Over three-quarters of a million homeowners emerged from being underwater on their mortgages during the first quarter of 2013 and 39 million households now have positive equity in their homes. However, millions of those homeowners are only narrowly in that position.
CoreLogic, a leader in consumer financial and property reporting, said Wednesday that 850,000 more homes returned to a state of positive equity between January and March.
What Does “Underwater” Mean?
Negative equity, often referred to as “underwater” or “upside down,” means that borrowers owe more on their mortgages than their homes are worth. Negative equity can occur because of a decline in value, an increase in mortgage debt or a combination of both.
Less Underwater Homes
At the end of the quarter, 9.7 million households or 19.8 percent of all properties with a mortgage remained underwater compared to 10.5 million homes or 21.7 percent of mortgaged properties at the end of the fourth quarter of 2012. The aggregate value of underwater property decreased more than $50 billion to $580 billion quarter-to-quarter. CoreLogic said this decrease was largely driven by rising home prices.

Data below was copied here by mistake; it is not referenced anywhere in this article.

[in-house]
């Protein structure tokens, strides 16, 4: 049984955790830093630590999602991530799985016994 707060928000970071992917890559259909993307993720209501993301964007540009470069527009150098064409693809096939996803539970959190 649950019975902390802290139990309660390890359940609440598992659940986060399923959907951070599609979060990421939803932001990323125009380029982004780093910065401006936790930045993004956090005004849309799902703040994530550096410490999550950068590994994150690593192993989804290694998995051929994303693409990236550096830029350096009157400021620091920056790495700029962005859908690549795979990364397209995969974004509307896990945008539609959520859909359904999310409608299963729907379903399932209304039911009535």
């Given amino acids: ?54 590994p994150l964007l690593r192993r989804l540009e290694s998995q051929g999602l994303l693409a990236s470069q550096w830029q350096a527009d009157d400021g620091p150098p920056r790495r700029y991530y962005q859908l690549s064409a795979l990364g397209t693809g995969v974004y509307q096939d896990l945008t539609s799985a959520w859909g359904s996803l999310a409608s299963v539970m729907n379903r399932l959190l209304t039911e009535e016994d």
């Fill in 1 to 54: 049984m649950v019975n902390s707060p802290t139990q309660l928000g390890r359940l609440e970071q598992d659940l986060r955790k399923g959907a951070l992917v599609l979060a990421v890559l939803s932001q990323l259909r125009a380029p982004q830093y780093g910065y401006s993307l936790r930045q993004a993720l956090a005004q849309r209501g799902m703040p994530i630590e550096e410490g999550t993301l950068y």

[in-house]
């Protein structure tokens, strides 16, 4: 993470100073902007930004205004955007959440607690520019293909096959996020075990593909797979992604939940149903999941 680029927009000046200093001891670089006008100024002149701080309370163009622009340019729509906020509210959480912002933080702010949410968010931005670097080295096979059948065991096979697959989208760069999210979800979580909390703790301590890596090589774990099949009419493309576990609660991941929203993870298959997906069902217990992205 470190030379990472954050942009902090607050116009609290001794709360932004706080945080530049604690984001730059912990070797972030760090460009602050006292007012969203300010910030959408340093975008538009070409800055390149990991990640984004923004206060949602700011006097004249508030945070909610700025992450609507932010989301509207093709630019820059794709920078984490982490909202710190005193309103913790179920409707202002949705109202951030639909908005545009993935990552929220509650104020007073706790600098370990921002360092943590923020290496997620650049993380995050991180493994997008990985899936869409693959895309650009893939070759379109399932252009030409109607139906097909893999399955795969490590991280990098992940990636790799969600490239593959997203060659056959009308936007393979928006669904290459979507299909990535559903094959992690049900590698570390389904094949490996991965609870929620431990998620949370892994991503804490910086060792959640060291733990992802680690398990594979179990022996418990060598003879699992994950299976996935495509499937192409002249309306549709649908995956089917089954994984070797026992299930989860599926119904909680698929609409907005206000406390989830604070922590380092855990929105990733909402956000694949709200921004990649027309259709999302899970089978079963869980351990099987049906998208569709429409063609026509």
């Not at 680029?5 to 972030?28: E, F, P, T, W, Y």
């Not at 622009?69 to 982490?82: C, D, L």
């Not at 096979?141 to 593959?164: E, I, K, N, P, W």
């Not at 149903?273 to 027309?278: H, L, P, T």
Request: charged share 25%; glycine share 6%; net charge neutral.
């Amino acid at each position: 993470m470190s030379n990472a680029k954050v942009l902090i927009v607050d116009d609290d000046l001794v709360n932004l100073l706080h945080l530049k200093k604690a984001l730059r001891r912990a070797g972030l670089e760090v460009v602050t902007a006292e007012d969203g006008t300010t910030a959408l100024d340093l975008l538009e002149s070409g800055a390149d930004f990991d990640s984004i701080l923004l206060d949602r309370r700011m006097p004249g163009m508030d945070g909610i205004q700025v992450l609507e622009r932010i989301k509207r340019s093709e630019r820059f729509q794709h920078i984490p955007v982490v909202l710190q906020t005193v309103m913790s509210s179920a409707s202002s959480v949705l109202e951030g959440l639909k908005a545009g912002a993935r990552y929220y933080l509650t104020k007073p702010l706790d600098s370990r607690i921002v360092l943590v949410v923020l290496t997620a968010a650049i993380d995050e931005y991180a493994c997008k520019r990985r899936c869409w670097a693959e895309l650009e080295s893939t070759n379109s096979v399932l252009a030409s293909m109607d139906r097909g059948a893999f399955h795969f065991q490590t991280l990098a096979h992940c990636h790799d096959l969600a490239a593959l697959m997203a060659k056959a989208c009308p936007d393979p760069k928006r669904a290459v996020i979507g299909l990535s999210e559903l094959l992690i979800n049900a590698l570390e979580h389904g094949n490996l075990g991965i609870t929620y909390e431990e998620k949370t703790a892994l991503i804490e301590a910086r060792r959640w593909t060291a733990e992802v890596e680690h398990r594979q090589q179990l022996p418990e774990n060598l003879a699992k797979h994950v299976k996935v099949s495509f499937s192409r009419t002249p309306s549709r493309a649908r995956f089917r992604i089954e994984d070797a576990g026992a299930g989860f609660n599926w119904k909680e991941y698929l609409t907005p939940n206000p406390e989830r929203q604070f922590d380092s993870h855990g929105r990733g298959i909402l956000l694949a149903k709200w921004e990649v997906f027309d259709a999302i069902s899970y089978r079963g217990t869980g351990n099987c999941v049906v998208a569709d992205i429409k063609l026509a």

But many of the homes in positive territory remain on shaky ground. Of those 39 million properties, 11.2 million have less than 20 percent equity, and may have a more difficult time refinancing. Another 2.1 million had less than 5 percent equity, referred to as near-negative equity.
Underwater Home Statistics
These properties are at risk of returning to negative status should home prices fall. Under-equity mortgages account for 23 percent of mortgaged properties. The average amount of equity for all properties with a mortgage is 32.8 percent.
The highest percentage of negative equity properties were in Nevada at 45.4 percent. Florida was second at 38.1 percent followed by Michigan (32 percent), Arizona (31.3 percent) and Georgia (30.5 percent.) These top five states combined account for 32.8 percent of negative equity in the U.S.